She didn’t tell him about the baby because she was too busy trying to save his life. Also she was dealing with the reality of the baby herself.
The mission to Iran was a way for Brody to do some good, to make up for the terrorist acts he had committed and/or planned to commit in the US, so he could come back and perhaps have a reasonable life at home. If the option of Iran had not existed, he would be rotting in a prison in Guantanomo right now. Lots of men who didn’t have a Carrie in their lives are rotting in Guantanomo right now. THAT is why Carrie and Saul agreed to the mission to Iran. They didn’t do it to get Brody killed.
Brody is dead. Bobby Axelrod is a totally different incarnation of Damian Lewis. Damian Lewis is very much alive and working and keeping us all rapt in attention at whatever projects he chooses to do in order to appear on our screens, and keep appearing on our screens, forever more. Amen.
I fell for Brody the minute he got off the plane to meet his family and couldn’t quite look Jessica in the eyes. He was a shell, from the start, and already broken beyond repair. The fact that Damian so convincingly portrayed an empty shell while still filling him up with such convincing sympathy was a wonder to witness and truly a once in a lifetime TV event. Thanks to that performance, Brody remains alive for all us in our hearts.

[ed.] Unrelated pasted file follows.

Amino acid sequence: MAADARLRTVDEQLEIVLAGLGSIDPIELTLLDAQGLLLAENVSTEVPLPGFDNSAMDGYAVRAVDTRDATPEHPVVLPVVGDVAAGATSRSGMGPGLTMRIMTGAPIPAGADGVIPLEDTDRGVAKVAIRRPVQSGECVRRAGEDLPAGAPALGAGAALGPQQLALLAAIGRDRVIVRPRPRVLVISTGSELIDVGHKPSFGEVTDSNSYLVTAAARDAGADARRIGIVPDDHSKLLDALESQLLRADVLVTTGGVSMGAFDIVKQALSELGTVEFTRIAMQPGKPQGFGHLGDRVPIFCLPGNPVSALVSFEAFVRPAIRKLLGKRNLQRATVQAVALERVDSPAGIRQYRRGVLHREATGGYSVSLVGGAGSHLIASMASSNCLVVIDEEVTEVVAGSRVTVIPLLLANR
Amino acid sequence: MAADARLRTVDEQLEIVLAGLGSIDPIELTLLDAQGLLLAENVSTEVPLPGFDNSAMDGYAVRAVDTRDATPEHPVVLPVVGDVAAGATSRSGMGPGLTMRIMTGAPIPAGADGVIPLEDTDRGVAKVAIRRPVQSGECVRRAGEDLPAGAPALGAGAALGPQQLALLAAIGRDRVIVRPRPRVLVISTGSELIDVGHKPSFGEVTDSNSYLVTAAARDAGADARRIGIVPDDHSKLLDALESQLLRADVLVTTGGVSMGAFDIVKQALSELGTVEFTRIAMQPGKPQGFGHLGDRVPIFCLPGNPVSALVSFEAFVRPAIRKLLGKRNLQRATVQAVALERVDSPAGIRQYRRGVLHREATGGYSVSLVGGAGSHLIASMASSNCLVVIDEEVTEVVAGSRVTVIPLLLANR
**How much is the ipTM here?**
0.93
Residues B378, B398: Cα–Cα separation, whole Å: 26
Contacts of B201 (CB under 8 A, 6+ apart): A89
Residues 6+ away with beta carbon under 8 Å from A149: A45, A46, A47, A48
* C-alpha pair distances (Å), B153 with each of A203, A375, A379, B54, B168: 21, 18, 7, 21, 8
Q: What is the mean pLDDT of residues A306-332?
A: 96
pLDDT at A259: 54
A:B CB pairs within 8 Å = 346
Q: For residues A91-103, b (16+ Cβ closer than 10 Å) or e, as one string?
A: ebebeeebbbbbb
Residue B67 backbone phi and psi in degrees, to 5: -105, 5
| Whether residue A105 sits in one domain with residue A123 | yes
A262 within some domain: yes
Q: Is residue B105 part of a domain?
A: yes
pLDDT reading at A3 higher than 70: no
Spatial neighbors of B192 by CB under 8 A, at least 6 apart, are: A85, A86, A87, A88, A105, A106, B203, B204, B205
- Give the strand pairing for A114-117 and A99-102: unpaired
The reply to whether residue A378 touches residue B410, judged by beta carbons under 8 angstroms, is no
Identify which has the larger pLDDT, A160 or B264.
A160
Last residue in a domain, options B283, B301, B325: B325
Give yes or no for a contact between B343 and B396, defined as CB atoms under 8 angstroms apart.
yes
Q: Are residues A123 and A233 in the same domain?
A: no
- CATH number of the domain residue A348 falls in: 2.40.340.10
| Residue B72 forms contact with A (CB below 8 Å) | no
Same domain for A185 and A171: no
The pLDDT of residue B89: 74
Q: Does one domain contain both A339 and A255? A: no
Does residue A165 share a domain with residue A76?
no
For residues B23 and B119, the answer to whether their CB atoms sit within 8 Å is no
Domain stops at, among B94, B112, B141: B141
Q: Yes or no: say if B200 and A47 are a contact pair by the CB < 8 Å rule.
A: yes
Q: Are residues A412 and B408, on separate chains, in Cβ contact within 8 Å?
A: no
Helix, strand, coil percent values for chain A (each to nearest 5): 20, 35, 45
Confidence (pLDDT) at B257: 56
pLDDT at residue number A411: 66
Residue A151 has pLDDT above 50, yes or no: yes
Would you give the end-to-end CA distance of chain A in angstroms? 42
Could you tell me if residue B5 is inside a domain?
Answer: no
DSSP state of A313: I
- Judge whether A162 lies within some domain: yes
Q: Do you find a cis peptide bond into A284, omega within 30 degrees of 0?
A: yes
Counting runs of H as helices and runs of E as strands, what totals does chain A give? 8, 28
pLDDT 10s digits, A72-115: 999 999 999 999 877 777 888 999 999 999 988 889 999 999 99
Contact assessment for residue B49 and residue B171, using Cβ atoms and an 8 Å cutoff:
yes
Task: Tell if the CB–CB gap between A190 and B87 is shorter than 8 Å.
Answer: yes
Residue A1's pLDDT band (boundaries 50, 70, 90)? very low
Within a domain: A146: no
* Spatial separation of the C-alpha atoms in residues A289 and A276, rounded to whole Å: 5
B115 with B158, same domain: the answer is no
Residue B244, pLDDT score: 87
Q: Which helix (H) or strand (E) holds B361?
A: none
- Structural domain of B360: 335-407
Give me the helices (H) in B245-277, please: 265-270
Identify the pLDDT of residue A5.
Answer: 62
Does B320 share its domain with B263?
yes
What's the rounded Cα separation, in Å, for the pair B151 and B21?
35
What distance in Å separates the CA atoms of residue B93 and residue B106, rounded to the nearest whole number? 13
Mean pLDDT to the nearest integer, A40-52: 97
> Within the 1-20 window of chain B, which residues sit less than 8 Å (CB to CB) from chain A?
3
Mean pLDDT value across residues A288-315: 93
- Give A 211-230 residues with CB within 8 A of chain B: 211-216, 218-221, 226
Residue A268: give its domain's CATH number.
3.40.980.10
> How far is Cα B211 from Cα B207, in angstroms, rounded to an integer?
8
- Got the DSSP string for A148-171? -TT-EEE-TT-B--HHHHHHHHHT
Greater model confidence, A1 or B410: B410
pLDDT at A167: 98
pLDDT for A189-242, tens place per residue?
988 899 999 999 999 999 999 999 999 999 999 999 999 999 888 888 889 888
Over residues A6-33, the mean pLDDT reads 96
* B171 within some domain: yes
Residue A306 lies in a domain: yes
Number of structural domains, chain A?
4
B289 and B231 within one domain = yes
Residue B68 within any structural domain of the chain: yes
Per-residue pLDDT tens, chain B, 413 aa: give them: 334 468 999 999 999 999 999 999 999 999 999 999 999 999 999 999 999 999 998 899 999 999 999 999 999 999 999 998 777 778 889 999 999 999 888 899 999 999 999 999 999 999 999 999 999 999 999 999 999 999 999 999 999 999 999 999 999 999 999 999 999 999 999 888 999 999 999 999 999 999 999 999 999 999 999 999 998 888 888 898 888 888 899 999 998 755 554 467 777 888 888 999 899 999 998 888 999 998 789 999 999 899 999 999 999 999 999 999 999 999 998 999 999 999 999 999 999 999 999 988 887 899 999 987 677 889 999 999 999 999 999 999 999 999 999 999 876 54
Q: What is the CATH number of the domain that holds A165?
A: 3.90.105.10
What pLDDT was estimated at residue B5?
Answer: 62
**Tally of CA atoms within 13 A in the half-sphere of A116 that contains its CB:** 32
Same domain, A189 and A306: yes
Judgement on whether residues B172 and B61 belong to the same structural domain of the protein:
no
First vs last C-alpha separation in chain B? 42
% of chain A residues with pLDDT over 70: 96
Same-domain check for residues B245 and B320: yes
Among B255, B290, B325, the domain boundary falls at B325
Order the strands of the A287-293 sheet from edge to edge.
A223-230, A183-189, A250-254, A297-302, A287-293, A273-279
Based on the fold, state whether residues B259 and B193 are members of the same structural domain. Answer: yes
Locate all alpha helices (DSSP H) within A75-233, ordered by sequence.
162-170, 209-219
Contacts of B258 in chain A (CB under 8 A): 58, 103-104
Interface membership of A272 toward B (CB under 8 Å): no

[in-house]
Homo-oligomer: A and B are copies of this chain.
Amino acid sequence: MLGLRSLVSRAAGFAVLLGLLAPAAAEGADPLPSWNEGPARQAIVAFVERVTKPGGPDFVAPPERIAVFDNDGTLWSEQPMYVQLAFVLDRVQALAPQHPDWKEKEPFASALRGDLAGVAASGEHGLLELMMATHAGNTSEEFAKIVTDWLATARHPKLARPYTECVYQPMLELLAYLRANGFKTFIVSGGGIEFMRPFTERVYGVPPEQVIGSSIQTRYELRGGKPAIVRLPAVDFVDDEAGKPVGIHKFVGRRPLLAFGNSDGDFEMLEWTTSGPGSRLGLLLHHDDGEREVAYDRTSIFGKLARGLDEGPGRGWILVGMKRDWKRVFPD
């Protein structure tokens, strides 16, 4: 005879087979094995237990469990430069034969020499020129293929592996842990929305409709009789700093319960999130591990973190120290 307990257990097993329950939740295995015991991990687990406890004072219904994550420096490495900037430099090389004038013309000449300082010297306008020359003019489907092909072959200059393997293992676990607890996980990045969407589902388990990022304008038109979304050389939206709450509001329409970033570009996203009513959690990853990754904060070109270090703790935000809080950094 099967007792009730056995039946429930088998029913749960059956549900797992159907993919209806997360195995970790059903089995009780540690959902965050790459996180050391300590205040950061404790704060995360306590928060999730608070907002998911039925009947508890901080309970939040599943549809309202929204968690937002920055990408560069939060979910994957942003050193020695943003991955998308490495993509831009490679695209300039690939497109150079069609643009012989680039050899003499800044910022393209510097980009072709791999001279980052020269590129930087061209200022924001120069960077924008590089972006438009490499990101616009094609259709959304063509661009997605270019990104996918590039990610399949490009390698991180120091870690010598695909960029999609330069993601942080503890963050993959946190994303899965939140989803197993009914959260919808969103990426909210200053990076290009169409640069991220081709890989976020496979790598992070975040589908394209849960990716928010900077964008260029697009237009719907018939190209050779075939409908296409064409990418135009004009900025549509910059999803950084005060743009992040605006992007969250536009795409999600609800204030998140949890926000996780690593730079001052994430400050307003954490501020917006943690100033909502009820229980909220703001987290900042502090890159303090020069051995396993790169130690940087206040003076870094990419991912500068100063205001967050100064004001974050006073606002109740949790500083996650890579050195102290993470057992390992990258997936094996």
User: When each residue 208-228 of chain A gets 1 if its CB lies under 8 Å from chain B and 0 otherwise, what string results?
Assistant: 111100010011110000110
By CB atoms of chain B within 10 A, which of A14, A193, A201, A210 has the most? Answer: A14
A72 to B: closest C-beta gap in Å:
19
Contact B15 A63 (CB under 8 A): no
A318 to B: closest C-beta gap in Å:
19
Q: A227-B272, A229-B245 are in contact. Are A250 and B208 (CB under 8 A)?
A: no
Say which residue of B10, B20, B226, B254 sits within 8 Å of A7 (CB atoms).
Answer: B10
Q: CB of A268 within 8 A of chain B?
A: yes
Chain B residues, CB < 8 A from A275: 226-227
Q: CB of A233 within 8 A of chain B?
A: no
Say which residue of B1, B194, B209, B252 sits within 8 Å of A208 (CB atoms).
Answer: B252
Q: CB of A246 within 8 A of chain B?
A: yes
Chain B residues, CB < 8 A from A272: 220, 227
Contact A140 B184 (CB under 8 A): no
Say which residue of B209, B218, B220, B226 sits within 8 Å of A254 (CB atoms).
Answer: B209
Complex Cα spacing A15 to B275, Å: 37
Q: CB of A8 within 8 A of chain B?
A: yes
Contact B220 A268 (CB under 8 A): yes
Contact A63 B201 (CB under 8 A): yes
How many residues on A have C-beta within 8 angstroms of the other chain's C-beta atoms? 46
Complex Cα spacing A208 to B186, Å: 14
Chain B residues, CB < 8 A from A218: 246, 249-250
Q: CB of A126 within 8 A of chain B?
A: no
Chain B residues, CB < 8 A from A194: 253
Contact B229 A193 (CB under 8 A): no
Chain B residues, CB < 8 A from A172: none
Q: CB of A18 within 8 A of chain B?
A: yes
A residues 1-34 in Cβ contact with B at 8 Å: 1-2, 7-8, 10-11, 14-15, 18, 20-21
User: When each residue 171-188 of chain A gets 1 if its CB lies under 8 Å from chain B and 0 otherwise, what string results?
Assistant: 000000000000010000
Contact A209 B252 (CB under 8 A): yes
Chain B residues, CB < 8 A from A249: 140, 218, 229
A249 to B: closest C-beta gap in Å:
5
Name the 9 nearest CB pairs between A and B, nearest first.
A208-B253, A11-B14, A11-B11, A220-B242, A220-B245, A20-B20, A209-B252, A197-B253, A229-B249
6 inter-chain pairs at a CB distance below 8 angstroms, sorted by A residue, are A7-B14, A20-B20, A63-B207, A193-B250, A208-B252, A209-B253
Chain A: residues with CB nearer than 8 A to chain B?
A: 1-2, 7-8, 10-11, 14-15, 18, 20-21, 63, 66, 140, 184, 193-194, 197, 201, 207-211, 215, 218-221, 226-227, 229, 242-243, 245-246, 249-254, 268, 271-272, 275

For months, my fellow bloggers have been batting around the idea of doing our own posts answering the question “Was it love?” between Carrie and Brody. I couldn’t bring myself to do it. I didn’t see the show as a relationship drama at all. Nonetheless, it ended up being one of the greatest tragic love stories ever told and affected me more deeply than I could say. Recently, I decided to bite the bullet and to do an entire series of posts on the grand question of Brody and Carrie, scene by tragic scene.
And, so it begins. In this series, I’ll be doing a rewatch of Homeland S1-S3, without necessarily writing about any of the show’s bigger questions. (That, we can save for later as a collective thing) Instead, with this series, I’ll restrict each post to careful picking apart of every scene shared by Carrie and Brody. How every breath, every touch, played a part in showing us the greatest tragic love story ever told. (Hyperbole, I know. But, really, nothing even comes close, does it?) From Carrie’s breakthrough smile in the rain to Brody’s punch to the gut (for her AND for himself) as he told her to leave him and his family alone, to Carrie’s breathless “just a few more seconds.” I’ll talk about it all, with plenty of visual evidence, of course. Stay tuned!